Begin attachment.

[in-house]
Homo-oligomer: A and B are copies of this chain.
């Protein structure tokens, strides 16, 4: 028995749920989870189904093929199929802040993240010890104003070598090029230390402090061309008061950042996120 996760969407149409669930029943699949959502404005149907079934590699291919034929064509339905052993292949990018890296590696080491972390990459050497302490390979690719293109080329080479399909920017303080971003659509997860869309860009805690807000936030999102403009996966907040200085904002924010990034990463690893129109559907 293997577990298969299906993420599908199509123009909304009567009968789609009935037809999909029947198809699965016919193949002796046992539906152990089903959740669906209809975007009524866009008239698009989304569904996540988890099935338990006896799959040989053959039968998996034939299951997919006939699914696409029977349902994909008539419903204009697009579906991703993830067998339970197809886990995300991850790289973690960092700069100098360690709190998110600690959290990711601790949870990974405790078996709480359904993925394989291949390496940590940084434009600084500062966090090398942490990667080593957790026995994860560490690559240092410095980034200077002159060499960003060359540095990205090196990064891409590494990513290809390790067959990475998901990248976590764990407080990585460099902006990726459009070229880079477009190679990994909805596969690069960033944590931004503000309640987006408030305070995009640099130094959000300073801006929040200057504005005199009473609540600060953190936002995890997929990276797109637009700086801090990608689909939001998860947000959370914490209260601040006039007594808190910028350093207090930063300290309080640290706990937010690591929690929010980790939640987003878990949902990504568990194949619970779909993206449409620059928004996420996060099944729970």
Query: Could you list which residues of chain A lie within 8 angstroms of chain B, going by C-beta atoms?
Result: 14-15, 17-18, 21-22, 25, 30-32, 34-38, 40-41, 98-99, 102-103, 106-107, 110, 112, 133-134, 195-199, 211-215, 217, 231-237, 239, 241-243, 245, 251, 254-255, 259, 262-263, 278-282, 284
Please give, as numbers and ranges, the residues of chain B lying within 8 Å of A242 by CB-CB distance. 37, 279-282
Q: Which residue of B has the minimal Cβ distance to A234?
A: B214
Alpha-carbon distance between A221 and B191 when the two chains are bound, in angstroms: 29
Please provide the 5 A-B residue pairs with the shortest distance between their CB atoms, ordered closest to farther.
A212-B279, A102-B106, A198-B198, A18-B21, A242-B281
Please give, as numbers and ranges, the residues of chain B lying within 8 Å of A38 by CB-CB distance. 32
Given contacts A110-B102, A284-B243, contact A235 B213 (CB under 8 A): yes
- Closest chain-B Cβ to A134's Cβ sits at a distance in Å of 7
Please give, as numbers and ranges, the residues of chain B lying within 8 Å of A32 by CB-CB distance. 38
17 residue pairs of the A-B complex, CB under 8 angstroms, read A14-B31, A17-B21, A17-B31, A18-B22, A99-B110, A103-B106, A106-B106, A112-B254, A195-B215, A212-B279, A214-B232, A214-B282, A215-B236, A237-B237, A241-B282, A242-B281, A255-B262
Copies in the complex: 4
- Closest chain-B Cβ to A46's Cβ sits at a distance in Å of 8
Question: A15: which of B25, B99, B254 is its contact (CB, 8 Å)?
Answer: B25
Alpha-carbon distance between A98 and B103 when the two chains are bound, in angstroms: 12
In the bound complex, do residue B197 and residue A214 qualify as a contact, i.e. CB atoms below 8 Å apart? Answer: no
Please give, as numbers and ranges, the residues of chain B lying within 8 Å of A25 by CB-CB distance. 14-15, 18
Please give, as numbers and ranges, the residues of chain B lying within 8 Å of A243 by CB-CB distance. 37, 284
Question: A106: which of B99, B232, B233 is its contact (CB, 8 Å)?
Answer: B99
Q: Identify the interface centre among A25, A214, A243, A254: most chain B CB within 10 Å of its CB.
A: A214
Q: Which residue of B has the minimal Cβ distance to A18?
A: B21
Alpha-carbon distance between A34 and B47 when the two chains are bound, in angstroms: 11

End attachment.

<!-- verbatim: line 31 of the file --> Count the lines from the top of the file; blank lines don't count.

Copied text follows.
Alpha-carbon distance between A34 and B47 when the two chains are bound, in angstroms: 11